Thanks for sharing this excellent piece in the EBM journal.
The attached paper from the Annals shows how we dealt with financial and intellectual conflict of interest in the ACCP AT9 guidelines.
I found this very helpful in my role as chapter editor in this particular guideline and it might serve as a model for future efforts to manage conflicts of interests.
Per Olav Vandvik, MD, Ph.D
On Apr 24, 2013, at 3:35 PM, Richard Saitz wrote:
> A brief piece re evidence and conflicts of interest (especially
> nonfinancial), appears here and may be of interest
> Richard Saitz MD, MPH, FACP, FASAM
> Editor, Evidence-Based Medicine
> Professor of Medicine & Epidemiology
> Boston University Schools of Medicine & Public Health
> Boston Medical Center
> 801 Massachusetts Avenue, 2nd Floor
> Boston, MA 02118
> 617 414 7744 (direct)
> 617 414 4676 (fax)
> -----Original Message-----
> From: Evidence based health (EBH)
> [mailto:[log in to unmask]] On Behalf Of Tom Yates
> Sent: Wednesday, April 17, 2013 2:22 PM
> To: [log in to unmask]
> Subject: Re: Evidence for learning objectives in continuing health care
> education events
> Hi Pat,
> I'm aware of no evidence that disclosure removes bias. My view is that it is
> best, where possible, to get people without a stake in the topic under
> discussion to summarise the evidence.
> My conflict of interest is that I'm trying to get an accreditation scheme
> off the ground for CME delivered independent of industry and by unconflicted
> speakers - see www.conflictfreeconferences.com.
> People says its not possible but there is loads of good stuff out there -
> e.g. GP Update in the UK and the Therapeutics Initiative in Canada.
> All the best,
> On 17/04/2013, Patricia Warner <[log in to unmask]> wrote:
>> Agreed, speakers must complete disclosures of relevant financial
>> information concerning biases. If there is possible biases, the CME
>> has a policy designed to deal with that. And at the end of the
>> presentation, the learners are asked whether or not they perceived any
> bias and if so, what.
>> If the speaker did not adhere to the policy, the speaker will not ever
>> be able to speak at one of our events again.
>> Patricia "Pat" Warner, MLIS
>> Hospital Librarian/CME Coordinator
>> Memorial Hospital at Gulfport
>> 4500 13th St
>> PO Box 1810
>> Gulfport MS 39502
>> 228-865-3135 (fax)
>> From: Evidence based health (EBH)
>> [[log in to unmask]] on behalf of Makretsov, Nikita
>> [PH] [[log in to unmask]]
>> Sent: Wednesday, April 17, 2013 12:19 PM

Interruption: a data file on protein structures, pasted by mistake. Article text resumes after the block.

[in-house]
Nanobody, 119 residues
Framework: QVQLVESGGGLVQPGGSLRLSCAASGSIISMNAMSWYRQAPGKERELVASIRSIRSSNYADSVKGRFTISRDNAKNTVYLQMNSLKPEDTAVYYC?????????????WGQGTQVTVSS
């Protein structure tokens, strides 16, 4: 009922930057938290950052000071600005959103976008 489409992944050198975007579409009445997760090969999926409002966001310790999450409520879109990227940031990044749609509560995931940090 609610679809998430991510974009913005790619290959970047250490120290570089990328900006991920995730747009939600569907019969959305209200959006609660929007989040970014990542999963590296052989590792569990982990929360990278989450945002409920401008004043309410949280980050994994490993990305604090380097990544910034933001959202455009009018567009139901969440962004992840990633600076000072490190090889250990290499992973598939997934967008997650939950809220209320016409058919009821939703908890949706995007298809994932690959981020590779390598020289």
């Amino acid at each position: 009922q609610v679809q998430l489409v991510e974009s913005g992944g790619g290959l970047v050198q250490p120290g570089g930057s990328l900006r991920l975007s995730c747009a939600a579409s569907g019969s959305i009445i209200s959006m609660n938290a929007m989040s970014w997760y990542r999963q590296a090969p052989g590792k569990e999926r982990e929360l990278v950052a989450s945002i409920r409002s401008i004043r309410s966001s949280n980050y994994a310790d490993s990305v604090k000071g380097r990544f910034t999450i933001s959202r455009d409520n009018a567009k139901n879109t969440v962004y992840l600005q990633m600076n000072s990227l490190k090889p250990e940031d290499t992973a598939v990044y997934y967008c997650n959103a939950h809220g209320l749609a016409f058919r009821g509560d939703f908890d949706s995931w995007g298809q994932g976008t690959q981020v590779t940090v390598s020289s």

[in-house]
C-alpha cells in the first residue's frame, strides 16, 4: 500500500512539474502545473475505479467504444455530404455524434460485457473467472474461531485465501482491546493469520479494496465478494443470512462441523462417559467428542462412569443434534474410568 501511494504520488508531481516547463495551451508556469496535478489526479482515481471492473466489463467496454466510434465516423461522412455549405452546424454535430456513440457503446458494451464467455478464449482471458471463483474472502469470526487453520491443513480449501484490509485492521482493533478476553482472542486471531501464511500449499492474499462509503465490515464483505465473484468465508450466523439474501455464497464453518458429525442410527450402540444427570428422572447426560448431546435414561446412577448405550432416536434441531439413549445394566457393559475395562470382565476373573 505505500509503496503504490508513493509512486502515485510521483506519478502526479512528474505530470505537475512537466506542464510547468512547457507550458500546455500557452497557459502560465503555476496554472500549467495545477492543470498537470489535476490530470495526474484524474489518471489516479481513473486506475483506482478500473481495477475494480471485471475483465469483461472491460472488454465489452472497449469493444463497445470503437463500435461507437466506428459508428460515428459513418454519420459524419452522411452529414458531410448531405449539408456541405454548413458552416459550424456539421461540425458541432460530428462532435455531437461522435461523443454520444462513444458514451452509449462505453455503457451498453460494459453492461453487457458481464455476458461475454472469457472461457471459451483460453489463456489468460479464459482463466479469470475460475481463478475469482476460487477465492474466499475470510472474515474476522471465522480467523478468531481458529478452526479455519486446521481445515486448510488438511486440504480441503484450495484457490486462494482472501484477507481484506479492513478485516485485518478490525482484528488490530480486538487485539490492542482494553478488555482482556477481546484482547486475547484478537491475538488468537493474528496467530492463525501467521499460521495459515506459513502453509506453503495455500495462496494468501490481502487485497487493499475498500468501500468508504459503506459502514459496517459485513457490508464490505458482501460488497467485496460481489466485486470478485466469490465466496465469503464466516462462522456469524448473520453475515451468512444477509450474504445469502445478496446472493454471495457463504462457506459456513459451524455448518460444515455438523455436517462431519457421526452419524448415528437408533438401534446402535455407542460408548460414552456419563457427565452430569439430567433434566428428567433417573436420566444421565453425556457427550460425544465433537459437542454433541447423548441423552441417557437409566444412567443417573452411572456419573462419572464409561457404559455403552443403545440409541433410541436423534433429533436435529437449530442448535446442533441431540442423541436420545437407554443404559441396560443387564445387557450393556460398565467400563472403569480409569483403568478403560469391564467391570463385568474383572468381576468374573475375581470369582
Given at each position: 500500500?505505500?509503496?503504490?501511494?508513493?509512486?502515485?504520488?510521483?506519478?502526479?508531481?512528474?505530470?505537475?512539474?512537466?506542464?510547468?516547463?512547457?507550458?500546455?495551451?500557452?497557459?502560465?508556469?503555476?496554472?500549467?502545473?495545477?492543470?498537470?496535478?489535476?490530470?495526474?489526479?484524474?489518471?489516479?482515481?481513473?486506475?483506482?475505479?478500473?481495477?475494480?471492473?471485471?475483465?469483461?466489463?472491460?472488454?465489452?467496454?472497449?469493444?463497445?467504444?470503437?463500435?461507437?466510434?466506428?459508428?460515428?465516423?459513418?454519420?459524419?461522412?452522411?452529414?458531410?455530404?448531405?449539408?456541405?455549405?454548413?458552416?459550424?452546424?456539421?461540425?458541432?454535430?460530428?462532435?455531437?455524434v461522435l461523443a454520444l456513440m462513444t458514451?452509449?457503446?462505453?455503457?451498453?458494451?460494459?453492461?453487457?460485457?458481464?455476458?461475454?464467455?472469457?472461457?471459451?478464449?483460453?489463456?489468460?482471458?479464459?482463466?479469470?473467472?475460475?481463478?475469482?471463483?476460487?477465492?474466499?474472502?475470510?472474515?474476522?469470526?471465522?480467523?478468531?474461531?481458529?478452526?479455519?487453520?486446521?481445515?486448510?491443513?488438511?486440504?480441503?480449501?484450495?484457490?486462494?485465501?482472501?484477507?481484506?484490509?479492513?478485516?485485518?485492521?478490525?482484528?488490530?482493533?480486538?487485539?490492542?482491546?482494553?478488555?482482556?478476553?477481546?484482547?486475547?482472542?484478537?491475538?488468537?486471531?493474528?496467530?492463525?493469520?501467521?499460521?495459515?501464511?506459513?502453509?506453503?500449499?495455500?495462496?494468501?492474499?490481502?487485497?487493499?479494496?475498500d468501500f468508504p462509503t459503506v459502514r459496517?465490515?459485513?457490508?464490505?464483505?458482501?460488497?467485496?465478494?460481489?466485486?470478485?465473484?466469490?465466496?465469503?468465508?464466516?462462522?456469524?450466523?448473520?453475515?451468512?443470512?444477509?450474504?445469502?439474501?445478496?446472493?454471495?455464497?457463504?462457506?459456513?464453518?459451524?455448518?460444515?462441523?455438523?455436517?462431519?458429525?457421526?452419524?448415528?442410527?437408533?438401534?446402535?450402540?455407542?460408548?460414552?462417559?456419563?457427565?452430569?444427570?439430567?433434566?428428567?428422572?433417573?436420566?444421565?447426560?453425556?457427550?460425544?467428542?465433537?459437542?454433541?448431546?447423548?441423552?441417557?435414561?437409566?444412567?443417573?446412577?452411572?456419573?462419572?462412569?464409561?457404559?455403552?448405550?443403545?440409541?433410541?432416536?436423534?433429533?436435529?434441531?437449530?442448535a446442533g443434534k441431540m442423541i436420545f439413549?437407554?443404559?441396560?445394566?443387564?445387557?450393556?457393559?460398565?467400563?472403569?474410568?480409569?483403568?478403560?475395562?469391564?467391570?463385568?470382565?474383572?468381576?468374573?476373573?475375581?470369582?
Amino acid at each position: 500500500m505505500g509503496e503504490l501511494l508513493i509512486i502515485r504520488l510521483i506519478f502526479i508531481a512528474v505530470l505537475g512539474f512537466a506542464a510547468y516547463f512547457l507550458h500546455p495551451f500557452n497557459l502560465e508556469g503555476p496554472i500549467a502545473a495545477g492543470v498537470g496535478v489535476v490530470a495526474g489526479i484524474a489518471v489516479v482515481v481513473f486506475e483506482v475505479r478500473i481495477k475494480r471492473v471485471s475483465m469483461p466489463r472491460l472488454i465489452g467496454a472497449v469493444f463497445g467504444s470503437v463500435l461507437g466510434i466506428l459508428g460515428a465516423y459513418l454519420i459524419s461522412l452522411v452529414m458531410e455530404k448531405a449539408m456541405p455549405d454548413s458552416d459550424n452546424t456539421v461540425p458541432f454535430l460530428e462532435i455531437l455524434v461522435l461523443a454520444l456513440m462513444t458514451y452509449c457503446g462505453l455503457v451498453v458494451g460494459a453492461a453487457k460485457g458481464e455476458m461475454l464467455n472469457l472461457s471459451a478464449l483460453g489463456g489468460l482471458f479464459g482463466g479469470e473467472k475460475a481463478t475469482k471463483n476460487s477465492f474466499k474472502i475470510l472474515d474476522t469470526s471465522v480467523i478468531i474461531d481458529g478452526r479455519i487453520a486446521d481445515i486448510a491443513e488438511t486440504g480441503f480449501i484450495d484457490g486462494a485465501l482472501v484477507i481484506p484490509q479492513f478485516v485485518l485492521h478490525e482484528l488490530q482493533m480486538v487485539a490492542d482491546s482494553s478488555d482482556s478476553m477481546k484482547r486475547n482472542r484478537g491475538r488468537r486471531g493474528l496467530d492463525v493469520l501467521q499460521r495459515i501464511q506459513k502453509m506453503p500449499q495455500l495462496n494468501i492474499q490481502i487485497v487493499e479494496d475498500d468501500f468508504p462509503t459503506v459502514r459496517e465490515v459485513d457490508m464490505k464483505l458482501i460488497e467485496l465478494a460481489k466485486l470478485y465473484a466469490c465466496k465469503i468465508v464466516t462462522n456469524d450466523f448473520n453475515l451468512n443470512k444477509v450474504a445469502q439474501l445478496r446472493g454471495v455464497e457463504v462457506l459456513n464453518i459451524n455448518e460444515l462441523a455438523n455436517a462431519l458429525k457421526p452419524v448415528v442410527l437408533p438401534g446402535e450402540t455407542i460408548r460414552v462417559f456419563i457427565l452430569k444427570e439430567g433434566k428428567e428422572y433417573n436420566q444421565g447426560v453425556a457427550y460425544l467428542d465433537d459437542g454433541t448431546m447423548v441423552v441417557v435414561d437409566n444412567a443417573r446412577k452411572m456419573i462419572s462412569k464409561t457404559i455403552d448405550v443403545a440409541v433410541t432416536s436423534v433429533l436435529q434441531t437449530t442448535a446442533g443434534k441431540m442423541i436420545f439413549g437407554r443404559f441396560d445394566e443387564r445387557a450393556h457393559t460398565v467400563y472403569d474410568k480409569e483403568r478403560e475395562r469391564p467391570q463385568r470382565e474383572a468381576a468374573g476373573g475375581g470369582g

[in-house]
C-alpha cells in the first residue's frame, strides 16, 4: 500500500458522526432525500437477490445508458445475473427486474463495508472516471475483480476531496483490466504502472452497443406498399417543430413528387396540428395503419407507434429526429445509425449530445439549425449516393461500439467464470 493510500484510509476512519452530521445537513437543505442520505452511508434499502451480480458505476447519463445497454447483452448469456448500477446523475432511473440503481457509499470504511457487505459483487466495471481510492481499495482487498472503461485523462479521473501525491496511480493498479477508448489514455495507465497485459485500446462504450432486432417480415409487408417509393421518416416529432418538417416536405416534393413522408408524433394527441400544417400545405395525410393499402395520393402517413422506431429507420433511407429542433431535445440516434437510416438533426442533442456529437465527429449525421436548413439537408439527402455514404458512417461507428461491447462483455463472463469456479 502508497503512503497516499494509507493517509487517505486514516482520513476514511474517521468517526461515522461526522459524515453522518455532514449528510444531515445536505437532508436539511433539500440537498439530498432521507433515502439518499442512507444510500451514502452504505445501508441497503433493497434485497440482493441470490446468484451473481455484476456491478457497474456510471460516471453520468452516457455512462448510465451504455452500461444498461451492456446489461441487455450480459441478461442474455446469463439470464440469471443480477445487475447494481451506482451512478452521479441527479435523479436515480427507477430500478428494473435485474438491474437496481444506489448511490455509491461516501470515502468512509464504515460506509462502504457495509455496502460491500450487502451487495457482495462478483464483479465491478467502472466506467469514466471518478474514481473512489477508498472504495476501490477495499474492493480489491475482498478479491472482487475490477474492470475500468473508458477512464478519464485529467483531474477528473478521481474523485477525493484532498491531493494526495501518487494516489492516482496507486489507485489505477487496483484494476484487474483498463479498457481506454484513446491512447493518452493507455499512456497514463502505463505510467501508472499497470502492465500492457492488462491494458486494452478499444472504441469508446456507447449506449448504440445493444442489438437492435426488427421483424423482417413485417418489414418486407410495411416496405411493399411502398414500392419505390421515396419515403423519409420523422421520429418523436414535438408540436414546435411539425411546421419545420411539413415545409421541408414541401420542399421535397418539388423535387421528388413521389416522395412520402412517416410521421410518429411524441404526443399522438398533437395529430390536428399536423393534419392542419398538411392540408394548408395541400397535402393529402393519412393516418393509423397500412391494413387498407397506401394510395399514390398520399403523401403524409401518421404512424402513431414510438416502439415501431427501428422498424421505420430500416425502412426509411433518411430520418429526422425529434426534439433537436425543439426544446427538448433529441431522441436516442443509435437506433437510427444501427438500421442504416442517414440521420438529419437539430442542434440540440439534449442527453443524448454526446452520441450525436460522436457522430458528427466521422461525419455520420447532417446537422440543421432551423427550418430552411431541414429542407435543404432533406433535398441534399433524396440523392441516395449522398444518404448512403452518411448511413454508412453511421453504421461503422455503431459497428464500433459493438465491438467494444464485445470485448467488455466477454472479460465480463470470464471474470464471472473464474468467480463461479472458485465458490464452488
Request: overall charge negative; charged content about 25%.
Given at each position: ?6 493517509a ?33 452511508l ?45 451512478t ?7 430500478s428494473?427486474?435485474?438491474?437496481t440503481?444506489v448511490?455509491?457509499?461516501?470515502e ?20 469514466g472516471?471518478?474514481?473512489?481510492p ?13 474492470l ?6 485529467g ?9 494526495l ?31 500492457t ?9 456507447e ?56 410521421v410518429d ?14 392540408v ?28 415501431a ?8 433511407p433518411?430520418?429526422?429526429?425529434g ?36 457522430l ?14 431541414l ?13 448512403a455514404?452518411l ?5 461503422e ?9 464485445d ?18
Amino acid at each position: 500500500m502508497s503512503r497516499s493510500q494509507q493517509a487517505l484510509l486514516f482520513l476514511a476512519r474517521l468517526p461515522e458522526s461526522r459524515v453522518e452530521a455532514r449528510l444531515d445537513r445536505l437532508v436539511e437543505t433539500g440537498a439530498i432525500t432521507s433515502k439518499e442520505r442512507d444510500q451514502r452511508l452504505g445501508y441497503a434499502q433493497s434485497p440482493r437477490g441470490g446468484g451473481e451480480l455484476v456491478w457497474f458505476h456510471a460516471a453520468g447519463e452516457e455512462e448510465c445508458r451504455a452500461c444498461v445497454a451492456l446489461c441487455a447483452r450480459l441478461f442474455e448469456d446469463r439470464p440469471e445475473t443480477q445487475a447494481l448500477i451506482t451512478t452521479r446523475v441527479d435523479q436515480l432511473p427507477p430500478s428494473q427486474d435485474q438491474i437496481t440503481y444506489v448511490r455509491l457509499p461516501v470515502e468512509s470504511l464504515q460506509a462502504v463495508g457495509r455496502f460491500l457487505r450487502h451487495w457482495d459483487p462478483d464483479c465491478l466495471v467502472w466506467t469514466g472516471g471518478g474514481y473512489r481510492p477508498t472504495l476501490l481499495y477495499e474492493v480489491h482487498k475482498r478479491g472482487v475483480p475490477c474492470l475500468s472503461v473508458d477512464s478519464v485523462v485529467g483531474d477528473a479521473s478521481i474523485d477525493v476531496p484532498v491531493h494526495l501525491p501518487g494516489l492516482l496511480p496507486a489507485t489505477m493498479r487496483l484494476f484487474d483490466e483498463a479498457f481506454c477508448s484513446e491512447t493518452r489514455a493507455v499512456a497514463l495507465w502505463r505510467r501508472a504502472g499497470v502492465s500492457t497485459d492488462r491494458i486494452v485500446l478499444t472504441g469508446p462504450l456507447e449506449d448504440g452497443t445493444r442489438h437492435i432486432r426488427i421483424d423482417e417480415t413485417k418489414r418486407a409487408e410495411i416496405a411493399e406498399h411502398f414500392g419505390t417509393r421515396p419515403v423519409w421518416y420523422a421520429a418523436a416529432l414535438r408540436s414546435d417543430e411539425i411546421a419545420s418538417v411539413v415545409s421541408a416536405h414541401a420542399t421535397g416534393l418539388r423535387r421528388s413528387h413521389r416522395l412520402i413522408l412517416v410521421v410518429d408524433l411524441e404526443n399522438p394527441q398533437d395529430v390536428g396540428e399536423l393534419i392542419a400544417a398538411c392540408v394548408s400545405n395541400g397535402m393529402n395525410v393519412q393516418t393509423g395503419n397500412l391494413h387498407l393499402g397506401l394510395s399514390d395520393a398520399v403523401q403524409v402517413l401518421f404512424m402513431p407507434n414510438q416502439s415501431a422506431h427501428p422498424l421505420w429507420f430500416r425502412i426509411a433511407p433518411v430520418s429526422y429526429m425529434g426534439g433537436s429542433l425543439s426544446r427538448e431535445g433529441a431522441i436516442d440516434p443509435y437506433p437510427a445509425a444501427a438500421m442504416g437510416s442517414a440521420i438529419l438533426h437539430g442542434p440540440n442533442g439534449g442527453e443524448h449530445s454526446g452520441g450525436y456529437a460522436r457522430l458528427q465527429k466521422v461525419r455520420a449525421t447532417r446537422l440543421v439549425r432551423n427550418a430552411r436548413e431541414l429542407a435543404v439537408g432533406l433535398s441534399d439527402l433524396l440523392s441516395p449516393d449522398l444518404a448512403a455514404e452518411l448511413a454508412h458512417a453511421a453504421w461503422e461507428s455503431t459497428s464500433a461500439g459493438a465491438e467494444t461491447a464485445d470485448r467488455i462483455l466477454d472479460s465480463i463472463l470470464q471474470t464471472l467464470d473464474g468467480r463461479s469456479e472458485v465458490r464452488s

>> To: [log in to unmask]
>> Subject: Re: Evidence for learning objectives in continuing health
>> care education events
>> Hello James,
>> The bigger question is whether the CME is free from ANY industrial
>> bias. The objectives could still be very lovely.
>> Nik (Nikita) A. Makretsov,
>> University of British Columbia
>> Department of Pathology and Laboratory Medicine
>> 1081 Burrard St, Vancouver, BC, V6Z1Y6
>> -----Original Message-----
>> From: Evidence based health (EBH)
>> [mailto:[log in to unmask]] On Behalf Of McCormack,
>> Sent: Tuesday, April 16, 2013 5:43 PM
>> To: [log in to unmask]
>> Subject: Evidence for learning objectives in continuing health care
>> education events
>> Not sure if this question is appropriate for this list serve but maybe
>> the answer will be interesting to some of the group.
>> MY QUESTION
>> Does providing participants at continuing health care educational
>> events with a list of 2-3 objectives for each talk improve knowledge
>> uptake or provide any measurable useful outcome? Is there is any
>> evidence that participants even use them etc?
>> I have had a quick look and have been unable to find any evidence but
>> I may not be looking in the right places.
>> 1) I give dozens of different "evidence-based" talks a year and for
>> each one of them as part of an educational accreditation process I'm
>> "forced" to create 2-3 learning objectives which need to be
>> prominently displayed on my handout and presented at the beginning of
>> my talk. While it is not a huge amount of work, when you have to do it
>> dozens of times for different topics it is an added administrative
>> burden especially given that I often do talks for no honourarium.
>> However, if there was evidence that people really used them or if it
> improved outcomes I would have no problem doing it.
>> 2) I recently asked 100's of participants at 2-3 conferences if any of
>> them ever used these learning objectives and not one of them said they
>> did. Maybe it was a biased sample but the lack of a yes response was
>> Does anyone know of any evidence that providing objectives improves
>> any educational experience (even in a health care curriculum) or is it
>> purely a philosophy whose benefit is taken for granted.
>> James McCormack, BSc(Pharm), Pharm D
>> Faculty of Pharmaceutical Sciences
>> UBC, Vancouver, Canada
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